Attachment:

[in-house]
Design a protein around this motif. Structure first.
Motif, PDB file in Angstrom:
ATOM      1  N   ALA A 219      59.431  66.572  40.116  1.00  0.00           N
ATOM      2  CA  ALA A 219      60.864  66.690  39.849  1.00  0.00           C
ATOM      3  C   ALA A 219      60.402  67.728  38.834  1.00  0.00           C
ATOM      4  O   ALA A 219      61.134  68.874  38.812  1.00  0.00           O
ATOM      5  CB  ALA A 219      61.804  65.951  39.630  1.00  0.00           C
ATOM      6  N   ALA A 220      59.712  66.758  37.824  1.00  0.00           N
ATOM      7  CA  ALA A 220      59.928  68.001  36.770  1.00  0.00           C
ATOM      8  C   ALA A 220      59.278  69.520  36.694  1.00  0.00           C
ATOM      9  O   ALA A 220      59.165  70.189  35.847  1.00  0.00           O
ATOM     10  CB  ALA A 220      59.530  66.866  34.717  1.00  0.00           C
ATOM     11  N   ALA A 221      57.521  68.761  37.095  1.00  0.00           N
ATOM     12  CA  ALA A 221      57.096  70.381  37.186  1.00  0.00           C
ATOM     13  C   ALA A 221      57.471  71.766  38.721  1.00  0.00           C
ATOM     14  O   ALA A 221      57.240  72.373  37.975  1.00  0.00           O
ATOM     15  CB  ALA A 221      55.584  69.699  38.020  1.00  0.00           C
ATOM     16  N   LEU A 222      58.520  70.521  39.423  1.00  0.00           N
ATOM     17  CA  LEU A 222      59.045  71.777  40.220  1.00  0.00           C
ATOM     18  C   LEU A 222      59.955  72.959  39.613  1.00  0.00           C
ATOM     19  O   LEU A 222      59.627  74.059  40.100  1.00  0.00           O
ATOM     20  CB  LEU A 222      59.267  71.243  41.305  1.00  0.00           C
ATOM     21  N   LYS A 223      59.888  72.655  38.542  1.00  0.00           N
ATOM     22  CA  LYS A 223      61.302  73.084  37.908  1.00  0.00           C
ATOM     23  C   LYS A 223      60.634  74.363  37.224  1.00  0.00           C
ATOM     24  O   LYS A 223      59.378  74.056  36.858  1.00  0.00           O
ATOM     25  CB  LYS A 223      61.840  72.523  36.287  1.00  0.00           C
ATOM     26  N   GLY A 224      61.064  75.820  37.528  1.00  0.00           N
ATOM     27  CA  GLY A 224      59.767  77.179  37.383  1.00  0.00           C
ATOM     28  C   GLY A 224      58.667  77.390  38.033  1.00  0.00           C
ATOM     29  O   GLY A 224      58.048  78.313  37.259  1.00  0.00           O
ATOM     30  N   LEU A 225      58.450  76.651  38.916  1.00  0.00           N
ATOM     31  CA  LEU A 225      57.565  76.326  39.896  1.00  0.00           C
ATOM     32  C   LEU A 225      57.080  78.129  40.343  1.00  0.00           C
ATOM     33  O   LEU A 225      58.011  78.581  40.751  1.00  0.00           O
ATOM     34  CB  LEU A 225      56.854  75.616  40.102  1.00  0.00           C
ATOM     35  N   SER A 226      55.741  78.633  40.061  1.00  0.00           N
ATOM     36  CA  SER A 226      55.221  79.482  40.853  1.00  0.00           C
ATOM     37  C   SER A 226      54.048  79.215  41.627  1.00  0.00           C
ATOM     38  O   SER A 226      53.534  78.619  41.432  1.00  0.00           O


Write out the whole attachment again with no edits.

[in-house]
Design a protein around this motif. Structure first.
Motif, PDB file in Angstrom:
ATOM      1  N   ALA A 219      59.431  66.572  40.116  1.00  0.00           N
ATOM      2  CA  ALA A 219      60.864  66.690  39.849  1.00  0.00           C
ATOM      3  C   ALA A 219      60.402  67.728  38.834  1.00  0.00           C
ATOM      4  O   ALA A 219      61.134  68.874  38.812  1.00  0.00           O
ATOM      5  CB  ALA A 219      61.804  65.951  39.630  1.00  0.00           C
ATOM      6  N   ALA A 220      59.712  66.758  37.824  1.00  0.00           N
ATOM      7  CA  ALA A 220      59.928  68.001  36.770  1.00  0.00           C
ATOM      8  C   ALA A 220      59.278  69.520  36.694  1.00  0.00           C
ATOM      9  O   ALA A 220      59.165  70.189  35.847  1.00  0.00           O
ATOM     10  CB  ALA A 220      59.530  66.866  34.717  1.00  0.00           C
ATOM     11  N   ALA A 221      57.521  68.761  37.095  1.00  0.00           N
ATOM     12  CA  ALA A 221      57.096  70.381  37.186  1.00  0.00           C
ATOM     13  C   ALA A 221      57.471  71.766  38.721  1.00  0.00           C
ATOM     14  O   ALA A 221      57.240  72.373  37.975  1.00  0.00           O
ATOM     15  CB  ALA A 221      55.584  69.699  38.020  1.00  0.00           C
ATOM     16  N   LEU A 222      58.520  70.521  39.423  1.00  0.00           N
ATOM     17  CA  LEU A 222      59.045  71.777  40.220  1.00  0.00           C
ATOM     18  C   LEU A 222      59.955  72.959  39.613  1.00  0.00           C
ATOM     19  O   LEU A 222      59.627  74.059  40.100  1.00  0.00           O
ATOM     20  CB  LEU A 222      59.267  71.243  41.305  1.00  0.00           C
ATOM     21  N   LYS A 223      59.888  72.655  38.542  1.00  0.00           N
ATOM     22  CA  LYS A 223      61.302  73.084  37.908  1.00  0.00           C
ATOM     23  C   LYS A 223      60.634  74.363  37.224  1.00  0.00           C
ATOM     24  O   LYS A 223      59.378  74.056  36.858  1.00  0.00           O
ATOM     25  CB  LYS A 223      61.840  72.523  36.287  1.00  0.00           C
ATOM     26  N   GLY A 224      61.064  75.820  37.528  1.00  0.00           N
ATOM     27  CA  GLY A 224      59.767  77.179  37.383  1.00  0.00           C
ATOM     28  C   GLY A 224      58.667  77.390  38.033  1.00  0.00           C
ATOM     29  O   GLY A 224      58.048  78.313  37.259  1.00  0.00           O
ATOM     30  N   LEU A 225      58.450  76.651  38.916  1.00  0.00           N
ATOM     31  CA  LEU A 225      57.565  76.326  39.896  1.00  0.00           C
ATOM     32  C   LEU A 225      57.080  78.129  40.343  1.00  0.00           C
ATOM     33  O   LEU A 225      58.011  78.581  40.751  1.00  0.00           O
ATOM     34  CB  LEU A 225      56.854  75.616  40.102  1.00  0.00           C
ATOM     35  N   SER A 226      55.741  78.633  40.061  1.00  0.00           N
ATOM     36  CA  SER A 226      55.221  79.482  40.853  1.00  0.00           C
ATOM     37  C   SER A 226      54.048  79.215  41.627  1.00  0.00           C
ATOM     38  O   SER A 226      53.534  78.619  41.432  1.00  0.00           O